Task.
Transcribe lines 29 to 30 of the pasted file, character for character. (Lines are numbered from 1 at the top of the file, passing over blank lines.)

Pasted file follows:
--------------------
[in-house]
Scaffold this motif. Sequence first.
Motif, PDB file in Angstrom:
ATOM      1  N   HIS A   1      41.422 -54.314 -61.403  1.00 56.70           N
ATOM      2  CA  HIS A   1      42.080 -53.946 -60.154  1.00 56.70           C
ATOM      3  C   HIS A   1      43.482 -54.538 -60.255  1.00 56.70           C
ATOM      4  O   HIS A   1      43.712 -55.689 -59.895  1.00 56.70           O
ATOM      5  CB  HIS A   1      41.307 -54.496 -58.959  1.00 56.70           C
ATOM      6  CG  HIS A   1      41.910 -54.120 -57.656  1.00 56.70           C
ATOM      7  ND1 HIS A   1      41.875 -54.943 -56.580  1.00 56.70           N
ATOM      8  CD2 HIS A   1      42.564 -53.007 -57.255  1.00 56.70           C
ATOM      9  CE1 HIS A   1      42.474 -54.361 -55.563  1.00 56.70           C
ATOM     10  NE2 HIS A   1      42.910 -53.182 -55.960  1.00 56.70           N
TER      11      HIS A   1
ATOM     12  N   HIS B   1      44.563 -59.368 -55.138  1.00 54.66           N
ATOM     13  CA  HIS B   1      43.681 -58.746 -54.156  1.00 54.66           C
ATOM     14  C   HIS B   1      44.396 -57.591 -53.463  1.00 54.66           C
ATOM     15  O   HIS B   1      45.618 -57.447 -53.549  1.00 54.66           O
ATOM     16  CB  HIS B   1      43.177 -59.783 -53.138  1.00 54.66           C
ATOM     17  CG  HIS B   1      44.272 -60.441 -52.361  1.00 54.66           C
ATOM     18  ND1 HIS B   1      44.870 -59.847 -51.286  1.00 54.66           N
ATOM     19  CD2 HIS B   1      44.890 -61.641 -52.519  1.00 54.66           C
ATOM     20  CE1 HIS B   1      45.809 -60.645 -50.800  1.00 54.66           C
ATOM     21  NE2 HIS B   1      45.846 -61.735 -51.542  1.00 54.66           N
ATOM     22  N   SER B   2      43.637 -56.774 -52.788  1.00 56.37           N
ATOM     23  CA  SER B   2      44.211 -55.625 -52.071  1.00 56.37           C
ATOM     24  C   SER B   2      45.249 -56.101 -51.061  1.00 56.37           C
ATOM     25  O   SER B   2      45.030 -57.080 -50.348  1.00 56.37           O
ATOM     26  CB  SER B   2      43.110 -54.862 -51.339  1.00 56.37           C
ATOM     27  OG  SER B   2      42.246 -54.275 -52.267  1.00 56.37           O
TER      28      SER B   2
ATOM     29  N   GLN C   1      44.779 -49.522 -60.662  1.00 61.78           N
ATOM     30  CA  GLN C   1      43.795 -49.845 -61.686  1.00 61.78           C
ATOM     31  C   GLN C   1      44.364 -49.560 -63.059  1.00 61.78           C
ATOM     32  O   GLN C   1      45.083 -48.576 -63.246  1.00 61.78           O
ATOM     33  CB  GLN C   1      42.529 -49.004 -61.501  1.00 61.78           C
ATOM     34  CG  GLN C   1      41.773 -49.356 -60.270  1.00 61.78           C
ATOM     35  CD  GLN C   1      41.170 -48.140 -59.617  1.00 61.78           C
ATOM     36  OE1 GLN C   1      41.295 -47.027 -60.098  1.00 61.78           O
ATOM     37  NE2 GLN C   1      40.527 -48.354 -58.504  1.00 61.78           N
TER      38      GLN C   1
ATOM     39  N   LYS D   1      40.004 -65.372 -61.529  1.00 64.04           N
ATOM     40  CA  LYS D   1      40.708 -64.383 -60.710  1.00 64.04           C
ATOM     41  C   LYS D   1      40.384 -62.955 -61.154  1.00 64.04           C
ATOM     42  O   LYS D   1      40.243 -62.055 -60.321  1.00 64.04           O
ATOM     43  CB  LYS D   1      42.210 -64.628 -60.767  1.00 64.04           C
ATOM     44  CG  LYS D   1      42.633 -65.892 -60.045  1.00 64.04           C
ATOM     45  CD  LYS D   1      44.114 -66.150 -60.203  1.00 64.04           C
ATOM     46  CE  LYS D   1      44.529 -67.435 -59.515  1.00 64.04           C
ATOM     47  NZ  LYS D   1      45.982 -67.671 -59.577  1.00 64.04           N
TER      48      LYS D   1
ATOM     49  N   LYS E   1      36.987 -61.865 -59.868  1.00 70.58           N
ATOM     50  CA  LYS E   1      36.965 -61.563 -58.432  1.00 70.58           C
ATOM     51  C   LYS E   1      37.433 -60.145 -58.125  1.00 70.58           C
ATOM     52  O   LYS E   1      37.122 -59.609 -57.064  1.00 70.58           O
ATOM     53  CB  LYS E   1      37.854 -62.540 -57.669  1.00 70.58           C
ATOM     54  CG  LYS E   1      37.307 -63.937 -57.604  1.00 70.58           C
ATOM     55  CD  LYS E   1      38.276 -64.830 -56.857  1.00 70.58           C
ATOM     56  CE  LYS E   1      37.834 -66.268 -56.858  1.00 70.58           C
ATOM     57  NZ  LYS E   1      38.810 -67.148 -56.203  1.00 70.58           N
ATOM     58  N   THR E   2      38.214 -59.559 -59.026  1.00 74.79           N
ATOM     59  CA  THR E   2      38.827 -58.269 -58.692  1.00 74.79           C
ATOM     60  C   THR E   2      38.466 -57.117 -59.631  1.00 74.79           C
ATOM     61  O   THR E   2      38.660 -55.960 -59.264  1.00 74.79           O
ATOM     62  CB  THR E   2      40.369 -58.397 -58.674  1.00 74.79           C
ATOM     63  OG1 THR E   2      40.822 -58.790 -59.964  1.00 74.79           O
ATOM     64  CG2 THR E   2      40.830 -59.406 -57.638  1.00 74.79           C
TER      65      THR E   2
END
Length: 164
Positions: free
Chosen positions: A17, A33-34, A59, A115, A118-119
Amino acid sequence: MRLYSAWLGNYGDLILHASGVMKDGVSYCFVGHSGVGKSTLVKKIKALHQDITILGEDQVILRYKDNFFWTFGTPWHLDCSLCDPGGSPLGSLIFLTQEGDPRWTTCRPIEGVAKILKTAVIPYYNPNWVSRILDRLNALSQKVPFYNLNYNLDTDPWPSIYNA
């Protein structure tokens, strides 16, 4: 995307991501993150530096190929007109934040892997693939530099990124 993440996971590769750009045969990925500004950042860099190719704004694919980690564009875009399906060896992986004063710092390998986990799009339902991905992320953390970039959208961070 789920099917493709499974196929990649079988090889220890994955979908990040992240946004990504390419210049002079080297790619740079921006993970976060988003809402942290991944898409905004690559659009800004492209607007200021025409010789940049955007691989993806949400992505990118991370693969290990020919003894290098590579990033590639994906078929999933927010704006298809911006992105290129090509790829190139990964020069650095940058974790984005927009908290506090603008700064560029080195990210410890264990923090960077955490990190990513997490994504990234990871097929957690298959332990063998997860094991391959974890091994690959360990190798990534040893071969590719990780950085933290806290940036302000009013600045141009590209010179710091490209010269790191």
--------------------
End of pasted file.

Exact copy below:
ATOM     26  CB  SER B   2      43.110 -54.862 -51.339  1.00 56.37           C
ATOM     27  OG  SER B   2      42.246 -54.275 -52.267  1.00 56.37           O